Wednesday, 12 October 2016

not to disturb

Yesterday I finished Not To Disturb, by Muriel Spark. I didn't like it much.

It was just 96 pages in my 1974 Penguin edition, so it had that going for it, but it was hard to make out, and all rather pointless and illogical, and something of a chore to read, even at its short length. I'm not the kind of reader who's content with atmosphere but no explanation. The blurb on the back of the Penguin describes the setting very well, actually:

'A storm rages round the towers of the big house near Geneva. Behind the locked doors of the library, the Baron, the Baroness and their handsome young secretary are not to be disturbed. In the attic, the Baron's lunatic brother howls and hurls plates at his keeper.
'But in the staff quarters, all is under control. Under the personal supervision of Lister, the Baron's incomparable butler, the servants make their own, highly lucrative, preparations for the tragedy.
'The night is long, but morning will bring a *crime passionnel* of outstanding attraction and endless possibilities.
'Muriel Spark has created a world in her own idiom - bizarre, gruesome and brilliantly funny.'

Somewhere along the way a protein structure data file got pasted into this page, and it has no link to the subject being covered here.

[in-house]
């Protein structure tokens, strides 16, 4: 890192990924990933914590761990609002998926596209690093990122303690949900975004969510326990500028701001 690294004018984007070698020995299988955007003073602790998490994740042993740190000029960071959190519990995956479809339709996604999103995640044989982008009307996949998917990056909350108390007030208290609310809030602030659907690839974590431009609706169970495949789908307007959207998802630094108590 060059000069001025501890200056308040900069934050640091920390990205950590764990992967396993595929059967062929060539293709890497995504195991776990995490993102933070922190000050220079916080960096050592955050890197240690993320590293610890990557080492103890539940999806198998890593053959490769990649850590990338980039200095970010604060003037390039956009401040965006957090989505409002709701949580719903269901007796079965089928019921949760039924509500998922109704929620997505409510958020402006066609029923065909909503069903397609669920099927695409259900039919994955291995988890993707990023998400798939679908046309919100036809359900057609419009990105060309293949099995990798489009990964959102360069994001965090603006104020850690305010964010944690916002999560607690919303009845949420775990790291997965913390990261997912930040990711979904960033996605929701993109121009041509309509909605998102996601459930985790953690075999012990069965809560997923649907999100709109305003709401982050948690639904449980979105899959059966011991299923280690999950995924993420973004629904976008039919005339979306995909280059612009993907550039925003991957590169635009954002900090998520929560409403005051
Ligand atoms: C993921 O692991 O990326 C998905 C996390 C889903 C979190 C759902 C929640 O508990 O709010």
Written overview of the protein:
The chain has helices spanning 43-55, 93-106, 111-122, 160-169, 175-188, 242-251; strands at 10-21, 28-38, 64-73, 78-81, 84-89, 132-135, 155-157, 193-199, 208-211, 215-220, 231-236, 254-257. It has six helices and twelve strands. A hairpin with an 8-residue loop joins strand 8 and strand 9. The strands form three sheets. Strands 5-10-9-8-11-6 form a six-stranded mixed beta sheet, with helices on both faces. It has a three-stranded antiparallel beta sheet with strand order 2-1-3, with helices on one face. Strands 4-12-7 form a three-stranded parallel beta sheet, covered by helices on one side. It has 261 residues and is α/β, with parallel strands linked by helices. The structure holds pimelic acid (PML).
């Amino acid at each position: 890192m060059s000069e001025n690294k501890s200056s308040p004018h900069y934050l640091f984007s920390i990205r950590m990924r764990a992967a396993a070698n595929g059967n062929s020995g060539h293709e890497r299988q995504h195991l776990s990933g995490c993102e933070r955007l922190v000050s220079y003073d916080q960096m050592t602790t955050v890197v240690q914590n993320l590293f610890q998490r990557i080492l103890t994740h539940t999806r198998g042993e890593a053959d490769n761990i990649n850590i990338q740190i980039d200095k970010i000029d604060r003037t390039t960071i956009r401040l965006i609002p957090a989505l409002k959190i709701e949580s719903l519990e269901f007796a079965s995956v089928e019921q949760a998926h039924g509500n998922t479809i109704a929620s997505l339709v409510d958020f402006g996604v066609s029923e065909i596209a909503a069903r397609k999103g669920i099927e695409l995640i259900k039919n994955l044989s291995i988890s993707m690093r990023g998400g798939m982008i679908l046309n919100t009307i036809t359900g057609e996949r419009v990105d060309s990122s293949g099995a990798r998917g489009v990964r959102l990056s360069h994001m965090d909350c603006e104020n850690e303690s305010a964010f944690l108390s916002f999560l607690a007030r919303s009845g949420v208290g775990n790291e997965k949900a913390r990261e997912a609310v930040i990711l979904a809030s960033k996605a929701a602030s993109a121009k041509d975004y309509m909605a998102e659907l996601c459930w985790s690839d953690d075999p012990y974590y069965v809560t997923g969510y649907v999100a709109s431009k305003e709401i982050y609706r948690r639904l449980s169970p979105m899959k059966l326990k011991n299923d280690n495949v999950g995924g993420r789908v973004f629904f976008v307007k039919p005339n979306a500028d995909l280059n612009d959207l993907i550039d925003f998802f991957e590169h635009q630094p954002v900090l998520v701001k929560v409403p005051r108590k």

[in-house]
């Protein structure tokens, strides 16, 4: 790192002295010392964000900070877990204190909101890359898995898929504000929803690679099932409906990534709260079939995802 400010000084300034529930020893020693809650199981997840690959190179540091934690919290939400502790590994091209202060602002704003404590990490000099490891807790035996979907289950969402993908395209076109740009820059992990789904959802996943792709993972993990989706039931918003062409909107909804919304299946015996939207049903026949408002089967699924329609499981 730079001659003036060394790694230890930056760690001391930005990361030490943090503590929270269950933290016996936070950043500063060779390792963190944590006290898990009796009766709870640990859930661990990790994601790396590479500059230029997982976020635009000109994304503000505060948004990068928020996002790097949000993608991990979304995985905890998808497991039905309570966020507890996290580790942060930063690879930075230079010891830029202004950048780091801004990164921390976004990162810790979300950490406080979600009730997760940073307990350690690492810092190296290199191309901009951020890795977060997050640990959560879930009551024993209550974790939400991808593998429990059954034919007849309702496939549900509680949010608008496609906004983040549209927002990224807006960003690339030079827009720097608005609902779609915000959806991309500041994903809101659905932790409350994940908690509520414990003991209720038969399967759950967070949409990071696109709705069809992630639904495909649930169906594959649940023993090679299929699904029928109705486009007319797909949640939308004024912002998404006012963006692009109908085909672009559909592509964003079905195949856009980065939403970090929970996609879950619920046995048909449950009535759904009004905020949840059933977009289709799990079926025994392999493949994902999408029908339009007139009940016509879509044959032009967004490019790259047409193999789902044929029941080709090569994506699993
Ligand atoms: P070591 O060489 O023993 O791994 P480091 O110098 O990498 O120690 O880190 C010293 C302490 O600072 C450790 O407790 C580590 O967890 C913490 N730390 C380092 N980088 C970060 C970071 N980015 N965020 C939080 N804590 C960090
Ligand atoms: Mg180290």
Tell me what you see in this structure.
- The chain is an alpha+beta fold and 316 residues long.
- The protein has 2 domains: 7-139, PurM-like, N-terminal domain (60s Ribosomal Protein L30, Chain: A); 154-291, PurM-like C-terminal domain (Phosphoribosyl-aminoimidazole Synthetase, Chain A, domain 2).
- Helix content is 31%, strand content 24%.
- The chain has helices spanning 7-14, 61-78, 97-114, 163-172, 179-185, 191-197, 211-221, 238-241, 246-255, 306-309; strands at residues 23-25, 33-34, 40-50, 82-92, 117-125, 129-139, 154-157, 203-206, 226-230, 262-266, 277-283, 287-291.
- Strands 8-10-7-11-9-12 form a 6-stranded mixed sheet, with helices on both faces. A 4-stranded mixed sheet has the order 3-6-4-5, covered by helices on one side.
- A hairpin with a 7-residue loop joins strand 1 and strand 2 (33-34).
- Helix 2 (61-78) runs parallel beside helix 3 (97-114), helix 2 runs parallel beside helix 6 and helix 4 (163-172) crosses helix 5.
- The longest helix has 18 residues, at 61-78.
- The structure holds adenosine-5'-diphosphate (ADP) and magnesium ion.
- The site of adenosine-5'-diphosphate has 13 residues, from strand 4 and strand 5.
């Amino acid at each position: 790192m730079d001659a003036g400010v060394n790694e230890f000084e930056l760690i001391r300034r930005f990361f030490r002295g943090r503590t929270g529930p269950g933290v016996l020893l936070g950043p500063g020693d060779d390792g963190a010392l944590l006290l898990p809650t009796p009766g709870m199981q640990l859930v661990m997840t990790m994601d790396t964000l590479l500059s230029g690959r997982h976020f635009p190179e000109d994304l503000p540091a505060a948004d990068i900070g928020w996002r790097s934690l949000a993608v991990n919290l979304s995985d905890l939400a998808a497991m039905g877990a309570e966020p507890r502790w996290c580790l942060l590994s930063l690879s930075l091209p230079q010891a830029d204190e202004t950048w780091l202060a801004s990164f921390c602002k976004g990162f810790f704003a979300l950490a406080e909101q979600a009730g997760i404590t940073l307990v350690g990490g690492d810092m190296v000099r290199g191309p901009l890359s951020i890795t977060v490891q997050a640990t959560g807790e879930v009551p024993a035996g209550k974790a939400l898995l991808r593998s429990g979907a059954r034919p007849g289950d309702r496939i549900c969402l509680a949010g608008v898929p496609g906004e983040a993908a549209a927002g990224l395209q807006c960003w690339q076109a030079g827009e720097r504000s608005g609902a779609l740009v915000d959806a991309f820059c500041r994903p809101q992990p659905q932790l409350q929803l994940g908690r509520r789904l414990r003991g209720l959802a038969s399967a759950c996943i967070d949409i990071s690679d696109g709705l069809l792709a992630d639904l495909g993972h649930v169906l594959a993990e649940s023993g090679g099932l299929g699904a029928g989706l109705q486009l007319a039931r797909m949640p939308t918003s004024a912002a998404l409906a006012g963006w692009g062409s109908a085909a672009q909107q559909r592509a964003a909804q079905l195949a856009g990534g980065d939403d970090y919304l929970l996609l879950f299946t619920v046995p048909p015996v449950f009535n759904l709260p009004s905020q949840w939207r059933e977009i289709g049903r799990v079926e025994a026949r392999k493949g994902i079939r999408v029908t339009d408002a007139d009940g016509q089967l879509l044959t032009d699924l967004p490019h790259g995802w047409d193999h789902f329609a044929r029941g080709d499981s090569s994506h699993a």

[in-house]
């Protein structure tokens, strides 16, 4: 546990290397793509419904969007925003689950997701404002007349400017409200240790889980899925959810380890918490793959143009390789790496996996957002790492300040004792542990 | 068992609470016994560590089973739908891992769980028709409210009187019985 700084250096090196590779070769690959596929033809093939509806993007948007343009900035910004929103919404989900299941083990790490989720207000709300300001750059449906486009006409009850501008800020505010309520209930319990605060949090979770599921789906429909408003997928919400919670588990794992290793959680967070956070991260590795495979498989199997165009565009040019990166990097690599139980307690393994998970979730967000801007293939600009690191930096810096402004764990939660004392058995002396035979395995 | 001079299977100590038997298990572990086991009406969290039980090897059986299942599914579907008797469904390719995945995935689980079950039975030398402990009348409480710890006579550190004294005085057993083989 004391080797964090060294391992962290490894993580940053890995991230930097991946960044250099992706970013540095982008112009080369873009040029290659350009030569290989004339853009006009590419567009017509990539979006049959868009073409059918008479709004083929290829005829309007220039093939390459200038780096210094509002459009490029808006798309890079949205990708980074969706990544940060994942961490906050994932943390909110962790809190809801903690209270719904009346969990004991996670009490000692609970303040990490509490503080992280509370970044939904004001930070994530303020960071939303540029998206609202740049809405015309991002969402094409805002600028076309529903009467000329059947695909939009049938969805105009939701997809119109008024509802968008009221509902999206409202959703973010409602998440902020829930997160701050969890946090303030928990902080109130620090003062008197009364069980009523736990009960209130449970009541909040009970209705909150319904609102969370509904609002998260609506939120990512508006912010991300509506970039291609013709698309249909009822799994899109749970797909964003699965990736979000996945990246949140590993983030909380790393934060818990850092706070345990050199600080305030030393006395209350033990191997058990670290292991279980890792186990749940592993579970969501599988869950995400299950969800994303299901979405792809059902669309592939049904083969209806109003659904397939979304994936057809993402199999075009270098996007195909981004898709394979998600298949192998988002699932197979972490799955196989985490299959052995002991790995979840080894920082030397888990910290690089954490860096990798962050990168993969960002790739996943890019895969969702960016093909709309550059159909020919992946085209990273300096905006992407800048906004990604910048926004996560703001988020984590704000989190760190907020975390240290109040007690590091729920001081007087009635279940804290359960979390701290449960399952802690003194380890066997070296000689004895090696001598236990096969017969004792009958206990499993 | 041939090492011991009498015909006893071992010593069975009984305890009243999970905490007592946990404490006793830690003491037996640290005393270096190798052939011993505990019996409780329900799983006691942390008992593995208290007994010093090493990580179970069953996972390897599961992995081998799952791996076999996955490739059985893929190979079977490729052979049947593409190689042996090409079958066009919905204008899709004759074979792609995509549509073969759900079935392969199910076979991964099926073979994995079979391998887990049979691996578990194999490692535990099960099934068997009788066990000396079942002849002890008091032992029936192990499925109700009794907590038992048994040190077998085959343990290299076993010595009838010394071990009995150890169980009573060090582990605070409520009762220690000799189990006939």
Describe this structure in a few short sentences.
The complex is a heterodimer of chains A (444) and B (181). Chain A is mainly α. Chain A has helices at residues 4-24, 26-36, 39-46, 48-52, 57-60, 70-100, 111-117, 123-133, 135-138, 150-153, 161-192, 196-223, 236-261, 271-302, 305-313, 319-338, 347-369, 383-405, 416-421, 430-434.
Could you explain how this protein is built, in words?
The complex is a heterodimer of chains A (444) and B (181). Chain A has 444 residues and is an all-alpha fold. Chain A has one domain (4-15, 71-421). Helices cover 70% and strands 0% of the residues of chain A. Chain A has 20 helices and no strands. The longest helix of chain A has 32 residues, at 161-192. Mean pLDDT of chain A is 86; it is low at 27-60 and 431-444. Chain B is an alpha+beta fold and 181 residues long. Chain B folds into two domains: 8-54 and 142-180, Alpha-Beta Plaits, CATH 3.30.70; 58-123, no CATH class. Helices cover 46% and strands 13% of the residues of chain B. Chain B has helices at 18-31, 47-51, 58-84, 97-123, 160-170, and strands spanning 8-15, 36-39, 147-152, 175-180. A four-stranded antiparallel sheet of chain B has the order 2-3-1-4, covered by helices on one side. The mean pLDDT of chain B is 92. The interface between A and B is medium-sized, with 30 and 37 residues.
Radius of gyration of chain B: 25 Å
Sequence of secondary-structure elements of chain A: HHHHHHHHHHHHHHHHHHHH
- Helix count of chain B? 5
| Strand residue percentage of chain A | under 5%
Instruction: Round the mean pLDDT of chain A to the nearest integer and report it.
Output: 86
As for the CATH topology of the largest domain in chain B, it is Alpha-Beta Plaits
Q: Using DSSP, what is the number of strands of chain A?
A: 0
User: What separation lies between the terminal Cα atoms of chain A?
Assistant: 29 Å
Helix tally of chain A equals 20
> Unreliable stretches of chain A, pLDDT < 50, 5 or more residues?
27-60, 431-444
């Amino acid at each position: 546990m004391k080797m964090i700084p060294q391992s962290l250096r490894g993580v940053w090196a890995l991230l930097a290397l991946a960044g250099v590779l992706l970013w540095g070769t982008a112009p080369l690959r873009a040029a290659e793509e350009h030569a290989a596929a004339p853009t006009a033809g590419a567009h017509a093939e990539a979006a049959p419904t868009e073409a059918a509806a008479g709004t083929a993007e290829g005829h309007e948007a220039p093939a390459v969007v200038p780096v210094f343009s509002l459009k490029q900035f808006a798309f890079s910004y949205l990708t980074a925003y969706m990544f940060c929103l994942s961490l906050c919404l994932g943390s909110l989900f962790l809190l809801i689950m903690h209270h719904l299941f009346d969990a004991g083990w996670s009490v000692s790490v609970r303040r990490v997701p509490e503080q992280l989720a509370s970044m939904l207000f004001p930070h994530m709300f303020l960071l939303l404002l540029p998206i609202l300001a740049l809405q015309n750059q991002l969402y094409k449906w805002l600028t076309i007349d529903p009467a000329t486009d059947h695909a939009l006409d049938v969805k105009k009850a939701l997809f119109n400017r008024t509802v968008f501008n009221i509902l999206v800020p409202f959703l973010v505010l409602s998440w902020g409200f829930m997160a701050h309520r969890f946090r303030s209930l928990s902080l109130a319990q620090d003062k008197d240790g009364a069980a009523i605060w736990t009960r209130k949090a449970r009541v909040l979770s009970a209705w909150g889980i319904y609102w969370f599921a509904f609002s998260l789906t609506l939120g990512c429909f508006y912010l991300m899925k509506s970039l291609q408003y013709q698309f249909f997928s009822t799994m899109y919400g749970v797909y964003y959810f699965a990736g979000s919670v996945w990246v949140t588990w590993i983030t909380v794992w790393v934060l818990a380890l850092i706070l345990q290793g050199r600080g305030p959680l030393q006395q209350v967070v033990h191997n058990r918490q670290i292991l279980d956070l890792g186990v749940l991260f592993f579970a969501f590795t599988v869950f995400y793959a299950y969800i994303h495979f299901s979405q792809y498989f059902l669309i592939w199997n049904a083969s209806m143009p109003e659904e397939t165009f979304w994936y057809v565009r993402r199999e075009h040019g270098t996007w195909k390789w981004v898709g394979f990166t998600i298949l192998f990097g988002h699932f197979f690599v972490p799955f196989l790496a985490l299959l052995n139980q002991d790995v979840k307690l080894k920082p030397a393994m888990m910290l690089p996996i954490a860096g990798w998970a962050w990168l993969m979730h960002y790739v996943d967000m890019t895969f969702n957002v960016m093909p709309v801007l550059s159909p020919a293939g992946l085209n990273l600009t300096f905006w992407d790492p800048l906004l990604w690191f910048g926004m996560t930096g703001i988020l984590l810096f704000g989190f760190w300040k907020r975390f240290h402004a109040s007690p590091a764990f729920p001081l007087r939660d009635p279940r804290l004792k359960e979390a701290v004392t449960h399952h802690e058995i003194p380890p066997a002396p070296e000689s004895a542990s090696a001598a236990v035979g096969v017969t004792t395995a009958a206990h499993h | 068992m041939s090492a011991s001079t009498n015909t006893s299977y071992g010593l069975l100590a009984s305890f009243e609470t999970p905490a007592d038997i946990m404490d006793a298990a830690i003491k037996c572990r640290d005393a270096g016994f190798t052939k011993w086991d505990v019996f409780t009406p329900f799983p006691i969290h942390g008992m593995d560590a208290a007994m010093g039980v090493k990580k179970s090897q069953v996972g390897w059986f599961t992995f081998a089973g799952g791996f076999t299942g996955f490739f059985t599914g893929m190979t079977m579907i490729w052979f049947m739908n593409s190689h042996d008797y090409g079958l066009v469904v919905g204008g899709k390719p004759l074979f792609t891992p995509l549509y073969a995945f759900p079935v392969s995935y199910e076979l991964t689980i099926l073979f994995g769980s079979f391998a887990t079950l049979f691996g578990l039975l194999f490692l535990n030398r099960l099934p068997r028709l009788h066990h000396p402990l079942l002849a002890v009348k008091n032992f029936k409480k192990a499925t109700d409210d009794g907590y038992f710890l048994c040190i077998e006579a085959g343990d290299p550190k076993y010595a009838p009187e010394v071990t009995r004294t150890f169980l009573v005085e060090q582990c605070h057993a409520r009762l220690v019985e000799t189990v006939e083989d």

I don't agree with the final para. In particular, it wasn't funny at all. The cover line says it's 'a curiously disturbing novel', but I didn't find that either. I didn't find it interesting or entertaining.

First line: The other servants fall silent as Lister enters the room.
Last line: By noon they will be covered in the profound sleep of those who have kept faithful vigil all night, while outside the house the sunlight is laughing on the walls.

The cover of the Penguin edition I read is a photo (by Van Pariser), which feels rather of its early-70s time, of a posh lady in pearls, who I doubt is supposed to represent anyone in particular in the book. Interesting contrast with the typewriter lettering.

[Later PS: Not To Disturb is a Muriel Spark work so lacking in notability that it didn't have its own Wikipedia entry - though it wasn't the only one, surprisingly enough. This led to me creating a Wikipedia entry for it (since I think it would be appropriate for every Muriel Spark novel to have one), my first such creation of a Wikipedia page; who'd have thought it would be for this.]

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